The Taxman's Top Tip: Back Up Your Tax Records

The U.S. tax deadline is around the corner, which fills many taxpayers with a sense of dread. And why not? As Benjamin Franklin once famously observed “in this world nothing can be said to be certain, except death and taxes.”

If he lived today, Franklin might also add “data loss” to that list since the need to safeguard our data is an everyday part of our tech-infused lives.

Given how digitized today’s tax system is – with preparation software, electronic filings, and online payments – protecting those records is important. That is why the Internal Revenue Service (IRS) says backing up your tax records is a top priority.

The common questions people ask include “How long should I keep tax returns?” and “What’s the best way to store them?”

How long do I have to keep my tax records?

Strictly speaking, the IRS says you must keep any records that verify the income, deductions or credits reported on a filing until the period of limitations for that tax return ends. That period, usually three years, is the time limit for you to claim a refund or for the IRS to assess additional taxes if your income was inaccurately reported.

There are a few situations where the statute of limitations is longer, though. If you claim a bad debt or worthless securities deduction, for example, keep your records for seven years.

Some tax advisors suggest holding on to tax records for seven years. Their thinking is that IRS audits typically occur within three years of the filing, and rarely happen after six years. Once that window closes, these advisors claim, most people are safe.

Other tax advisors offer more cautious guidance.

How long should I keep tax returns?

You might only be legally required to retain your tax records for three years, but there are reasons why you should keep a copy of every tax return you file.

First, understand that there’s no statute of limitations for bad faith filings. That means if the government thinks you filed a fraudulent return, you could be the target of an IRS audit. Keeping your records indefinitely is the best way to ensure you have the documentation needed to set the record straight.

Those financial records can also be useful when you are looking for a mortgage, if your family needs to collect on an insurance policy you’ve forgotten about, or when determining your retirement and Social Security benefits. In fact, there are some cases where not having copies of those tax records could delay your retirement by two years.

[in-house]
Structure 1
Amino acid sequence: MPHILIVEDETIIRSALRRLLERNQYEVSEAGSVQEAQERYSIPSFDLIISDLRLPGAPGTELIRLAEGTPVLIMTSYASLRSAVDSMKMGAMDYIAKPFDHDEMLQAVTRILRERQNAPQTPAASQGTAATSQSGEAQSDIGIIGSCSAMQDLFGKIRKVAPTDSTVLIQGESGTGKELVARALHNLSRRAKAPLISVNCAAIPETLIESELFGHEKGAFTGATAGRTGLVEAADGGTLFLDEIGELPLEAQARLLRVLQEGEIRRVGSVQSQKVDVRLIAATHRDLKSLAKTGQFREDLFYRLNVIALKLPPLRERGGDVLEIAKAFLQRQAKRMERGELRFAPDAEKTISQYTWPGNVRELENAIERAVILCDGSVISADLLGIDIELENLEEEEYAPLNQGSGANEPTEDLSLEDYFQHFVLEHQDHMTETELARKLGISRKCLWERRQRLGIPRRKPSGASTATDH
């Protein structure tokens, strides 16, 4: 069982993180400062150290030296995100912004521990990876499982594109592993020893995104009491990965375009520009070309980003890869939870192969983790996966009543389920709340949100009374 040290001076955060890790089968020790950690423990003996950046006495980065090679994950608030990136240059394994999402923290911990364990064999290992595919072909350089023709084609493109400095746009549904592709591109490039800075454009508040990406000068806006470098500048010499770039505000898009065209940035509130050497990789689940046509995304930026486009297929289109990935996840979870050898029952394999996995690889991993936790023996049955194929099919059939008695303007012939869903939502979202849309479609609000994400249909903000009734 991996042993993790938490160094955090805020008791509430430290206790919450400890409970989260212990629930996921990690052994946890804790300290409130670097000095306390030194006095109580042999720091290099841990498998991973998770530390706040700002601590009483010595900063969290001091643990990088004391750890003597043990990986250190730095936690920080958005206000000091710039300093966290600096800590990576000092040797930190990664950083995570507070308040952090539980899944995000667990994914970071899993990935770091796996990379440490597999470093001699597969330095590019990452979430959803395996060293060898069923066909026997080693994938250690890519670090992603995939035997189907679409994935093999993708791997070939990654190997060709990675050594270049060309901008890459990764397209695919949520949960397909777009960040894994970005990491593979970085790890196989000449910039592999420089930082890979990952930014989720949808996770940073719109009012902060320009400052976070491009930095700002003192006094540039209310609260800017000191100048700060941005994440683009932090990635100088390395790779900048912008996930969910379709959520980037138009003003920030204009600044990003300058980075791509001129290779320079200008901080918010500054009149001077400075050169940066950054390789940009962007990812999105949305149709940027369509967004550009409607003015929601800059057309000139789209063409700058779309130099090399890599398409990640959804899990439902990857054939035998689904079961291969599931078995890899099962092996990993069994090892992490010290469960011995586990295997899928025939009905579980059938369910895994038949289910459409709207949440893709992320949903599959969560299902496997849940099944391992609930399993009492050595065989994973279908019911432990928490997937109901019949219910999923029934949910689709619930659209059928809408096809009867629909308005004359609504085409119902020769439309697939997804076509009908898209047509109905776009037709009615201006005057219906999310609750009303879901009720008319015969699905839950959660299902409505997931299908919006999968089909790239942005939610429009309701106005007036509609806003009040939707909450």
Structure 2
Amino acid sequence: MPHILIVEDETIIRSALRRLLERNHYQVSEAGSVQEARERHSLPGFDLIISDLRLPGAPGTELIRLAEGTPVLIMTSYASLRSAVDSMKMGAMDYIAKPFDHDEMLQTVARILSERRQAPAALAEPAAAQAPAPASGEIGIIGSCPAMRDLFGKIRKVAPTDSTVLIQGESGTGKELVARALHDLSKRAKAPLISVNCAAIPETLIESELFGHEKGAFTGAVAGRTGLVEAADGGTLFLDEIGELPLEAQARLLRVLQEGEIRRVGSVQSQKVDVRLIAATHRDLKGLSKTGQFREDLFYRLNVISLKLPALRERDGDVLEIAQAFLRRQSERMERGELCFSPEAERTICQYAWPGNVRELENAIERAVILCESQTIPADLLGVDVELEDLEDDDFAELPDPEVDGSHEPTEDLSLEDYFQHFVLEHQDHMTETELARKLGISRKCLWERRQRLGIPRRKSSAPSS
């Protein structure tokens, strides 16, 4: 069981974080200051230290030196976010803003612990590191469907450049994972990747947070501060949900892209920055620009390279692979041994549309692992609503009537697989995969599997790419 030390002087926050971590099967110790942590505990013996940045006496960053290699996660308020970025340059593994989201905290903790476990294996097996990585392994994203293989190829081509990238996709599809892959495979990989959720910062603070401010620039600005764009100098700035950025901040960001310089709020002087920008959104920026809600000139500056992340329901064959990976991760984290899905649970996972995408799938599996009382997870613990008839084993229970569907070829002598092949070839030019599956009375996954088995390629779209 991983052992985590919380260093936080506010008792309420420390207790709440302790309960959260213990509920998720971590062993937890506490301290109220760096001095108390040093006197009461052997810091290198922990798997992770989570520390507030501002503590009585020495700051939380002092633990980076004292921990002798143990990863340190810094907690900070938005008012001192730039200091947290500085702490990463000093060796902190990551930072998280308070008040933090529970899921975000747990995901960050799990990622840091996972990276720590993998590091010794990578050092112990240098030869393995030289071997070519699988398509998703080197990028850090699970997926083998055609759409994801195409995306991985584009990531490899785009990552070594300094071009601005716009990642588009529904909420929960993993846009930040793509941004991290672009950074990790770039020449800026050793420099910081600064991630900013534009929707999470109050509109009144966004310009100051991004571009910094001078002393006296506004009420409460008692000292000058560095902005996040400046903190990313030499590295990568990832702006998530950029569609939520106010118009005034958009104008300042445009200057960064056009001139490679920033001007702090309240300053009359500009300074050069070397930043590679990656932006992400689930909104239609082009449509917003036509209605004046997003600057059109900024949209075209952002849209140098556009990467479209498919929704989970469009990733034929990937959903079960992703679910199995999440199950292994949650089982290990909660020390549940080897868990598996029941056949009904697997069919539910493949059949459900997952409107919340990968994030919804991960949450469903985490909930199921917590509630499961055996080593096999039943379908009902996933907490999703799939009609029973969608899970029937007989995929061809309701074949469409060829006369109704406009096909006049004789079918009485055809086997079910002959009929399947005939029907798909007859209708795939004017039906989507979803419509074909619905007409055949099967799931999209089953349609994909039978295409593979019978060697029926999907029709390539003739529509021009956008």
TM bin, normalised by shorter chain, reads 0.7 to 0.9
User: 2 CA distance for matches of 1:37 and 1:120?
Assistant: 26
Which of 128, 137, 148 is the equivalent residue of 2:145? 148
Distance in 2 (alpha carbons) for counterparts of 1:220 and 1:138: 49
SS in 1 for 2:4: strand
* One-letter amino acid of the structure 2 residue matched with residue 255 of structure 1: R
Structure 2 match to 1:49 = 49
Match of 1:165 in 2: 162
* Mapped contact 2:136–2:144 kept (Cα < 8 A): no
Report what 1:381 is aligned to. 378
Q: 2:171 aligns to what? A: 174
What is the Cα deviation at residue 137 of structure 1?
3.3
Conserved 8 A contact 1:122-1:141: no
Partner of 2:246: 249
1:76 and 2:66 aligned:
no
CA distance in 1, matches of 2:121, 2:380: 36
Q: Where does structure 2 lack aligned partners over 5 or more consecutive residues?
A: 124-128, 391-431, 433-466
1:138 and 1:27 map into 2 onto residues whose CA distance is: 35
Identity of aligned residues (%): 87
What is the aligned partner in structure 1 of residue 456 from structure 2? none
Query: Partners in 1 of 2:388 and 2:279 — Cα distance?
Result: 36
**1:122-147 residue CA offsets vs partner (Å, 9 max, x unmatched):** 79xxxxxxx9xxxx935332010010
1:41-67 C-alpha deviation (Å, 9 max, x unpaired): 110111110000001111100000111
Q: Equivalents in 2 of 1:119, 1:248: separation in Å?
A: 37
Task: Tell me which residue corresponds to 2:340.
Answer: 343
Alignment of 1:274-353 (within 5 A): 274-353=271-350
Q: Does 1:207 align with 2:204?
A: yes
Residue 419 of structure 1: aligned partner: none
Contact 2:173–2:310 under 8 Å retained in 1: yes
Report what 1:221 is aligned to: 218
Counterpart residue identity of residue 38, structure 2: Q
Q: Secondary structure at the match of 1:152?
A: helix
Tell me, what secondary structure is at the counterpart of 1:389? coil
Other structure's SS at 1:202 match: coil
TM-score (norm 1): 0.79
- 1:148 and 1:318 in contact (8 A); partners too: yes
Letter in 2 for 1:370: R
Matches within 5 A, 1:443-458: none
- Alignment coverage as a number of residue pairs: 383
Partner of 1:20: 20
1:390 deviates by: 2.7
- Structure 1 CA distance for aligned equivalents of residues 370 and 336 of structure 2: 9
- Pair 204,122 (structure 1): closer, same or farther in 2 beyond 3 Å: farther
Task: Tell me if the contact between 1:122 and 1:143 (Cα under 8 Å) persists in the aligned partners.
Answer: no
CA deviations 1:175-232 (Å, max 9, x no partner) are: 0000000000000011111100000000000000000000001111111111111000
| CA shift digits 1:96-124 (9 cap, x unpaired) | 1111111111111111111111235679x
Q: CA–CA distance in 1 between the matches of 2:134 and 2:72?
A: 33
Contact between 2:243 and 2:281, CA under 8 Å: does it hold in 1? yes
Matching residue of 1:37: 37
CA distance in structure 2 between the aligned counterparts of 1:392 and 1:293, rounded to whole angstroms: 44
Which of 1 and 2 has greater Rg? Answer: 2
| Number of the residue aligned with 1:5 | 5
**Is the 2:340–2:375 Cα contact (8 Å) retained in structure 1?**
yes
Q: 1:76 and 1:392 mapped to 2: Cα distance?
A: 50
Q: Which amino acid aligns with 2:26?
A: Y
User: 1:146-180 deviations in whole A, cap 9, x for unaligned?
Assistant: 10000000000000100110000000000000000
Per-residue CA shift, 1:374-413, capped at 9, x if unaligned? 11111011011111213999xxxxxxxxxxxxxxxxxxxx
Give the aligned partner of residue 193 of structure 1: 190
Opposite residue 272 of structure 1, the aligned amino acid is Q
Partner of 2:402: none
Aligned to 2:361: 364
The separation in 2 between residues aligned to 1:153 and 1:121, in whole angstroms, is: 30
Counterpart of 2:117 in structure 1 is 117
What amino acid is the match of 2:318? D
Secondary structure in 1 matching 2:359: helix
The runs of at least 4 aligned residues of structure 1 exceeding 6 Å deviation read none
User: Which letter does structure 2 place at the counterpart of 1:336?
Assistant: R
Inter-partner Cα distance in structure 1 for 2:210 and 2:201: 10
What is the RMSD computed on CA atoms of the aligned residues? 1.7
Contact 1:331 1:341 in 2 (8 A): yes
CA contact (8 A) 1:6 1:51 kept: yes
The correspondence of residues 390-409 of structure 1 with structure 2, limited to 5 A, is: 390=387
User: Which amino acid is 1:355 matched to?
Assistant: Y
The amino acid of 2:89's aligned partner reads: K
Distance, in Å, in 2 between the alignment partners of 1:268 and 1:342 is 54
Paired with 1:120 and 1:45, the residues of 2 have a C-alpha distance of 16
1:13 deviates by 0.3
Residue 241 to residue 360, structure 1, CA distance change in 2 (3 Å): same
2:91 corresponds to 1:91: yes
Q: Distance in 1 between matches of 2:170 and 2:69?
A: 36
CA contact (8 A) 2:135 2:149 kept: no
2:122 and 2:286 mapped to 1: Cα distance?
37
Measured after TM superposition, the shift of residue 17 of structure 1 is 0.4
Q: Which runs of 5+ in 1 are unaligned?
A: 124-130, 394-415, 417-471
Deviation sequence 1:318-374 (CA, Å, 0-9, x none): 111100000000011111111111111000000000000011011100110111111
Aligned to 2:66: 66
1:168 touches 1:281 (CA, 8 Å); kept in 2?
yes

What tax documents should I retain?

At a minimum, always keep a copy of your Form 1040 and the related schedules for that filing.

But the goal of keeping tax records is to have what you need for an audit or to prove your financial standing. Therefore it is better to keep all the documents that verify your income (W-2 forms, capital gains statements, 1099 forms that show interest earned or dividends paid, etc.), as well as your deductions and credits (receipts for charitable donations, records of 529 withdrawals, eligible health savings account expenses, etc.).

There are other forms you might consider retaining as well. If you have a traditional IRA and received a Form 8606, for example, you’ll want to keep that handy. It shows that you’ve paid taxes on your retirement contributions, which means it’s your only protection against being taxed again as you withdraw money from that account.

Backup your tax records

Part of the reason tax preparation software has become so popular is the ease of filing, but digital tax records are also a simple way to reduce household clutter while keeping the paperwork you need. For paper receipts or tax forms, scan them so you have a digital backup and store the original paper documents in a fireproof safe.

Then, like any important document that you store digitally, it is critical that you maintain a computer backup. That way if the original is lost for any reason – computer virus, device failure, natural disaster or something else – you have the documentation you need.

The IRS strongly recommends storing a backup of your tax records off-site to ensure it is protect. You can either create the backup on a portable external hard drive that you store somewhere else or consider cloud backup storage to quickly create a copy and remotely access those files later. Acronis True Image makes local storage and cloud backup of your tax records easy, so you never have to worry if the taxman comes knocking: You’ll always have what you need.

 

Final Thought

Ben Franklin famous cautioned, “By failing to prepare, you are preparing to fail.” It doesn’t matter if you know how to file your own taxes or you rely on a professional. After filing, keeping digital copies of your tax documents will prepare you to address any problems that arise later. Acronis True Image is the easiest way to implement a computer backup strategy for your tax documents … and all of your data.